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## The Nature of Geographic Data

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The Paper Map

- A long and rich history
- Has a scale or representative fraction
- The ratio of distance on the map to distance on the ground
- Is a major source of data for GIS
- Obtained by digitizing or scanning the map and registering it to the Earth’s surface
- Digital representations are much more powerful than their paper equivalents

Representations

- Are needed to convey information
- Fit information into a standard form or model
- Almost always simplify the truth that is being represented
- There is no information in the representation about daily journeys to work and shop, or vacation trips out of town

Digital Representation

- Uses only two symbols, 0 and 1, to represent information
- N symbols (bits) 2N distinct values
- Many standards allow various types of information to be expressed in digital form
- MP3 for music
- JPEG for images
- ASCII for text
- GIS relies on standards for geographic data

Why Digital?

- Economies of scale
- One type of information technology for all types of information
- Simplicity
- 0,1 on,off
- Reliability
- Systems can be designed to correct errors
- Easily copied and transmitted
- Perfect copies
- At close to the speed of light

Accuracy of Representations

- Representations can rarely be perfect
- Details can be irrelevant, or too expensive and voluminous to record
- It’s important to know what is missing in a representation
- Representations can leave us uncertain about the real world

The Fundamental Problem

- Geographic information links a place, and often a time, with some property of that place (and time)
- “The temperature at 34 N, 120 W at noon local time on 12/2/99 was 18 Celsius”
- The potential number of properties is vast
- In GIS we term them attributes
- Attributes can be physical, social, economic, demographic, environmental, etc.

Types of Attributes

- Nominal, e.g. land cover class
- Distinction (“a” is/is not “b”)
- Ordinal, e.g. a ranking
- Significance (“a” is X-er than “b”)
- Interval, e.g. Celsius temperature
- Relative magnitude (“a” is N units X-er than “b”)
- interpolable
- Ratio, e.g. Kelvin temperature
- Absolute magnitude (“a” is N times X-er than “b”)
- scalable

Cyclic Attributes

- Do not behave as other attributes
- What is the average of two compass bearings, e.g. 350 and 10?
- Occur commonly in GIS
- Wind direction
- Slope aspect
- Flow direction
- Special methods are needed to handle and analyze

The Fundamental Problem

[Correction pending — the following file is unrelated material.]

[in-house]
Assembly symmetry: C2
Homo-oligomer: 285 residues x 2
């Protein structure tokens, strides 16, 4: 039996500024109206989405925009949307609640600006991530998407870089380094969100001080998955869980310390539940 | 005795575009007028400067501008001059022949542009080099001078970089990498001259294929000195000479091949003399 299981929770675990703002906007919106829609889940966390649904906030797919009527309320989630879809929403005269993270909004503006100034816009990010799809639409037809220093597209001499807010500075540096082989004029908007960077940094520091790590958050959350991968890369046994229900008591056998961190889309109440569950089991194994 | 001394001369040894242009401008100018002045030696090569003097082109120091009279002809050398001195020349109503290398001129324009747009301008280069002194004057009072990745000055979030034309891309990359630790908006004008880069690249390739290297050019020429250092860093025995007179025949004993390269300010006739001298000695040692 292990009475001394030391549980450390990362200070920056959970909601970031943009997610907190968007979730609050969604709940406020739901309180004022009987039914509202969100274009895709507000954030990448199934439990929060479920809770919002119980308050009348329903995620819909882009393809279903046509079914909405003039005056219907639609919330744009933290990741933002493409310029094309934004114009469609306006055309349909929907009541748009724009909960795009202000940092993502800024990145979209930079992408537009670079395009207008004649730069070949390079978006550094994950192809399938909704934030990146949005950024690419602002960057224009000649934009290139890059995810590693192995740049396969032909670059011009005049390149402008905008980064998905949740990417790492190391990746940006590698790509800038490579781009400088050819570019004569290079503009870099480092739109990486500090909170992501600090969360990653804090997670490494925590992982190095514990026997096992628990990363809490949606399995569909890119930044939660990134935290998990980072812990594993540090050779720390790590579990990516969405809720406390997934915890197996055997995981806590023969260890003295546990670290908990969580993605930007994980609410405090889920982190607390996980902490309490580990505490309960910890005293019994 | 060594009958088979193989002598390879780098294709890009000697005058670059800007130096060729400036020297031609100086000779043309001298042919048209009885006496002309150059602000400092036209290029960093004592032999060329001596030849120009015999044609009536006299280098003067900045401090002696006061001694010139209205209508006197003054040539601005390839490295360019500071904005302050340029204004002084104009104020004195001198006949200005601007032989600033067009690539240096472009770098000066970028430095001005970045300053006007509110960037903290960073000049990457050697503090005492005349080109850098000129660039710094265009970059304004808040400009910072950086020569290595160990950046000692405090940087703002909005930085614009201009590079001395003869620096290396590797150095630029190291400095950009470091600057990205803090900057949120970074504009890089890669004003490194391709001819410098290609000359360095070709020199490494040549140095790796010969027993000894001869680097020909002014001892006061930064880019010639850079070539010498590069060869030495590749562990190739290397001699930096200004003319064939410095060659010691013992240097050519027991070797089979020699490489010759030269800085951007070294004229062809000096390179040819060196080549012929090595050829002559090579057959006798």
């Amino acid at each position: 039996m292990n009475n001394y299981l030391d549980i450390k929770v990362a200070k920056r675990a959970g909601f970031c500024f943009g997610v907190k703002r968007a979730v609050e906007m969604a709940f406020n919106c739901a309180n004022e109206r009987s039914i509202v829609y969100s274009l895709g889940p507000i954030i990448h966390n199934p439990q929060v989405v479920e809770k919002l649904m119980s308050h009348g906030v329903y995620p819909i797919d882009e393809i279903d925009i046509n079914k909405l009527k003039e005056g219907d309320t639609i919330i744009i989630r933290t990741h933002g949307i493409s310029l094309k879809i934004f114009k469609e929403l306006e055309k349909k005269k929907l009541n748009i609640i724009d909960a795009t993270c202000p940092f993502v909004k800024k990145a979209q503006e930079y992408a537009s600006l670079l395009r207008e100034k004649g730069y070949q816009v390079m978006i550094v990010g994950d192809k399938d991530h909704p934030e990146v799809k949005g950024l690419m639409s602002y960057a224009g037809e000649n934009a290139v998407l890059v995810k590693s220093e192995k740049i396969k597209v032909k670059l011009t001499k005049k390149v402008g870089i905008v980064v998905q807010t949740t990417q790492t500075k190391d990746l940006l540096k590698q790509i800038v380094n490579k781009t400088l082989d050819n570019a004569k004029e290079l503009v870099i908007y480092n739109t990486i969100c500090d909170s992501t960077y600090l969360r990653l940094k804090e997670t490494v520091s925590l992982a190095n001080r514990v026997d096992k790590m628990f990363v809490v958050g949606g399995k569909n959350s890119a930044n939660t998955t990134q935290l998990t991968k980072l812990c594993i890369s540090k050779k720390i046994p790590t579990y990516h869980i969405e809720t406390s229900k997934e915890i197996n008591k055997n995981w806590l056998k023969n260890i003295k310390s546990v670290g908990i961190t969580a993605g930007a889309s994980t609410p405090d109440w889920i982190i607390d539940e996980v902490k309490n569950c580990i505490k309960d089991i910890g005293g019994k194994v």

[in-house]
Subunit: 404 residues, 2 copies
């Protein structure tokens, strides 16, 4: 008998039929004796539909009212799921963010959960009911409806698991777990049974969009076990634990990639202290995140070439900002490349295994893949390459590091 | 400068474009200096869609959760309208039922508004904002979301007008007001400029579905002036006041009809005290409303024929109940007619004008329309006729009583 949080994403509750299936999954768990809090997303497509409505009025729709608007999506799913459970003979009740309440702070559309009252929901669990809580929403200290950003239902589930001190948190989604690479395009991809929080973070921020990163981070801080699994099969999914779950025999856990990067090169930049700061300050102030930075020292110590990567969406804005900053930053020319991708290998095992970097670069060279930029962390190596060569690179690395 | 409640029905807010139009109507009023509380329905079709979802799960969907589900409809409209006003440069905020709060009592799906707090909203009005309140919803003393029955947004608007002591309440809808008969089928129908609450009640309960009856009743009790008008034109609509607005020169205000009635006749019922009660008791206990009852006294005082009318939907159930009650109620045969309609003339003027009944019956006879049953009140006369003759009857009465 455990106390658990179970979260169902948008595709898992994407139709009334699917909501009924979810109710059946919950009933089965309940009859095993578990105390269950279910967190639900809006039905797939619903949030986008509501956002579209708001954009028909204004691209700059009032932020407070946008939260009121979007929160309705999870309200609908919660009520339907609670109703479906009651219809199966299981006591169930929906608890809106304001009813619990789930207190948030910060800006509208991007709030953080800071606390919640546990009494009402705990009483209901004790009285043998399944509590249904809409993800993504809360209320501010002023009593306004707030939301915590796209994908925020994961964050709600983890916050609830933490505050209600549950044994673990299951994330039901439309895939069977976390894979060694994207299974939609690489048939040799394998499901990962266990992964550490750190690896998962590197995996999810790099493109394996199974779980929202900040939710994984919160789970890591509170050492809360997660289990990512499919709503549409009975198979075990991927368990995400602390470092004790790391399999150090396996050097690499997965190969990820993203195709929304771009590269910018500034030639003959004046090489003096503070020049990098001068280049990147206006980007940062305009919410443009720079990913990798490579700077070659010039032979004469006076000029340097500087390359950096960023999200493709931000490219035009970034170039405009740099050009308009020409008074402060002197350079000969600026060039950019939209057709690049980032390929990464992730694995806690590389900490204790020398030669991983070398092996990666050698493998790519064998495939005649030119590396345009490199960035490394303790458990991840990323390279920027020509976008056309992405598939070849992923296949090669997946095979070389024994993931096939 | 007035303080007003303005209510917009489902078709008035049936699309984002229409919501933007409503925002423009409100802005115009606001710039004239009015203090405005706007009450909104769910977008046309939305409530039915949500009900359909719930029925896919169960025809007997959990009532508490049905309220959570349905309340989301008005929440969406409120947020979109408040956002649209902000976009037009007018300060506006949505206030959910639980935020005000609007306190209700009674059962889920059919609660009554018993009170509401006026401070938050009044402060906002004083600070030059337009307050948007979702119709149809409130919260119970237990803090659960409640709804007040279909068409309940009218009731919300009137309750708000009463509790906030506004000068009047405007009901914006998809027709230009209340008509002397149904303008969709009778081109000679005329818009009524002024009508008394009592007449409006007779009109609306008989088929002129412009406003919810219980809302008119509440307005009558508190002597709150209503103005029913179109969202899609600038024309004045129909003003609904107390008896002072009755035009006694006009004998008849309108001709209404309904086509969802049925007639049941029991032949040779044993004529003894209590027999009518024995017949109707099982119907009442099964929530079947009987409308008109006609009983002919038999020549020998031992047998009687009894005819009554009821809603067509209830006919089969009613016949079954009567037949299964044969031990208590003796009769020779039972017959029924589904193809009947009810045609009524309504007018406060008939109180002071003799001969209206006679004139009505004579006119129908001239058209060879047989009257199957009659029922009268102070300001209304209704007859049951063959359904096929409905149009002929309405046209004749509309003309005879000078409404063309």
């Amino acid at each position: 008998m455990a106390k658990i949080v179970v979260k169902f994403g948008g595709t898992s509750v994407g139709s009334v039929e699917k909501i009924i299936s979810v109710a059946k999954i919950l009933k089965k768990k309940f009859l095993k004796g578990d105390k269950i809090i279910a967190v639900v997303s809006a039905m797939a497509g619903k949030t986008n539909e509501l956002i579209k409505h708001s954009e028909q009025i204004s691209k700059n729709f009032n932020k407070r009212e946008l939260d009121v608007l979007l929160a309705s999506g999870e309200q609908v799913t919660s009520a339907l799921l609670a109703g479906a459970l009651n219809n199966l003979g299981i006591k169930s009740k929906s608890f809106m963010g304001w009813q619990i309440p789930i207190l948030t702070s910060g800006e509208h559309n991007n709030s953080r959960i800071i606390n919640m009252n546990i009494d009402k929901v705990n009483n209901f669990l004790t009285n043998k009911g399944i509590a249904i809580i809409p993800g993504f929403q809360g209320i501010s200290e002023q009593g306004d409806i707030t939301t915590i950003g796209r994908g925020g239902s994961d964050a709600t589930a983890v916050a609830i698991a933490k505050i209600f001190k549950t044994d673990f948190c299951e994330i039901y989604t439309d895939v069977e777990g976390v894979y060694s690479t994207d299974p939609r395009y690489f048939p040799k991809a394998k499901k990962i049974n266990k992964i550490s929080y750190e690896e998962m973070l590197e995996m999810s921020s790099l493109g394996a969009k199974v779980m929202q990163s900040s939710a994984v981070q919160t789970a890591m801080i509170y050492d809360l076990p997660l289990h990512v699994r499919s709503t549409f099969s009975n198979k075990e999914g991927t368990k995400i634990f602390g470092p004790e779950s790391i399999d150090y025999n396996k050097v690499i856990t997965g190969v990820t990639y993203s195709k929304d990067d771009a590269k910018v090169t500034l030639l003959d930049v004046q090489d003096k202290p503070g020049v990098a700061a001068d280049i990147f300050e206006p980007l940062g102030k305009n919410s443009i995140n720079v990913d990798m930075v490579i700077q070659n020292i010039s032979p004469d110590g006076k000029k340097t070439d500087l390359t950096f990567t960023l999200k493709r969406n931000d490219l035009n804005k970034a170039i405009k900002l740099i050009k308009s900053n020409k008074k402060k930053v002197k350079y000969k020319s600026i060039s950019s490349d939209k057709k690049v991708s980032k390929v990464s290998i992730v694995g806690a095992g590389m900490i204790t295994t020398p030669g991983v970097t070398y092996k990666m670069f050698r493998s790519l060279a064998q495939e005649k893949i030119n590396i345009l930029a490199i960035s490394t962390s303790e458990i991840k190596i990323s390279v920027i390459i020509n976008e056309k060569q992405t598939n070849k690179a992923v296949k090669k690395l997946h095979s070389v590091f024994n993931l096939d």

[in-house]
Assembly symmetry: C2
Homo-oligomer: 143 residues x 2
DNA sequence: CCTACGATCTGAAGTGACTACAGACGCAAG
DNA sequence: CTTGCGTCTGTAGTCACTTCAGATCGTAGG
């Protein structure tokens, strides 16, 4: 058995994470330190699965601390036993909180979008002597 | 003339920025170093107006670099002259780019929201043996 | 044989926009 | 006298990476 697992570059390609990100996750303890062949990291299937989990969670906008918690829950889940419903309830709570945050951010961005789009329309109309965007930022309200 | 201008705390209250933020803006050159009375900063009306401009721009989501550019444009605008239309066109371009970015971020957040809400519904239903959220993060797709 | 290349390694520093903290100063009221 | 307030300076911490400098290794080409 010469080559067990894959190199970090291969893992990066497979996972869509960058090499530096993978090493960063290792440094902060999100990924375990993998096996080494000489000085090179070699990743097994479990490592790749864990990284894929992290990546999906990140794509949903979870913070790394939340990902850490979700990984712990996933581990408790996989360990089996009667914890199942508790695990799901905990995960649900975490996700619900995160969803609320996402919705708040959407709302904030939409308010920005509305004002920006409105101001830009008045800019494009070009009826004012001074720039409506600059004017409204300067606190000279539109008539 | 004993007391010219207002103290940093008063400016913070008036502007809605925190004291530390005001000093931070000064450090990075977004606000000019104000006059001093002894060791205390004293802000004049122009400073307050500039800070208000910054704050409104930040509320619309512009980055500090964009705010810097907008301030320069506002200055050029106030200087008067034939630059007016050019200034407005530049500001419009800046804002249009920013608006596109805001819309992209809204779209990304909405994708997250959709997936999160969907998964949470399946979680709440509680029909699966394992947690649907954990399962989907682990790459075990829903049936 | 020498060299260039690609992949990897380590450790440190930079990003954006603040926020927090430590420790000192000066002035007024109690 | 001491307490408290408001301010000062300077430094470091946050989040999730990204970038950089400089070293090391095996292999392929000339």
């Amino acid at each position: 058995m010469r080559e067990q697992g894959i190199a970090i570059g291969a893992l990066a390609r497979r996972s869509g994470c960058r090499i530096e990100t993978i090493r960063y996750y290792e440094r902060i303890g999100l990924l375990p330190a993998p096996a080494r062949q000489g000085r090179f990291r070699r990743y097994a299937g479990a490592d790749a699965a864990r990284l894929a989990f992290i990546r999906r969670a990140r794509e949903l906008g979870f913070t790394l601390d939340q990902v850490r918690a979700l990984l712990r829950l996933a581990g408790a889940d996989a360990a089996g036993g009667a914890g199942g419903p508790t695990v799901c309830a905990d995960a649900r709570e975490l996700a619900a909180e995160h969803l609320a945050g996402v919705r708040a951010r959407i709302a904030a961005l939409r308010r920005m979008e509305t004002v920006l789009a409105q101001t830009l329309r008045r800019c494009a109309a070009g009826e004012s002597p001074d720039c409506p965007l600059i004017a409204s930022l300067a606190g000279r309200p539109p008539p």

- The number of places and times is also vast
- Potentially infinite
- The more closely we look at the world, the more detail it reveals
- Potentially ad infinitum
- The geographic world is infinitely complex
- Humans have found ingenious ways of dealing with this problem
- Many methods are used in GIS to create representations or data models

Types of Spatial Data

Discrete: definitive; with concrete, observable, boundaries

Continuous: no easily discernable boundaries, “fuzziness” depends on scale

Types of Spatial Data

- Continuous spatial data: geostatistics
- Samples may be taken at intervals, but the spatial process is continuous
- e.g. soil quality
- Discrete data
- Irregular: zonal data, regions, states, districts, postcodes, zipcodes
- Regular lattice data: constructed grid, ‘raster’ representation

Discrete Objects and Fields

- Two ways of conceptualizing geographic variation
- The most fundamental distinction in geographic representation
- Discrete objects
- The world as a table-top
- Objects with well-defined boundaries

Discrete Objects

- Points, lines, and areas
- Countable
- Persistent through time, perhaps mobile
- Biological organisms
- Animals, trees
- Human-made objects
- Vehicles, houses, fire hydrants

Fields

- Properties that vary continuously over space
- Value is a function of location
- Property can be of any attribute type, including direction
- Elevation as the archetype
- A single value at every point on the Earth’s surface
- The source of metaphor and language
- Any field can have slope, gradient, peaks, pits

Examples of Fields

- Soil properties, e.g. pH, soil moisture
- Population density
- But at fine enough scale the concept breaks down
- Name of county or state or nation
- Atmospheric temperature, pressure
- Pollution level
- Groundwater quality information

Difficult Cases

- Lakes and other natural phenomena
- Often conceived as objects, but difficult to define or count precisely
- “When is a heap of sand no longer a heap?”
- Weather forecasting
- Forecasts originate in models of fields, but are presented in terms of discrete objects
- Highs, lows, fronts

Rasters and Vectors

- How to represent phenomena conceived as fields or discrete objects?
- Raster
- Divide the world into square cells
- Register the corners to the Earth
- Represent discrete objects as collections of one or more cells
- Represent fields by assigning attribute values to cells
- More commonly used to represent fields than discrete objects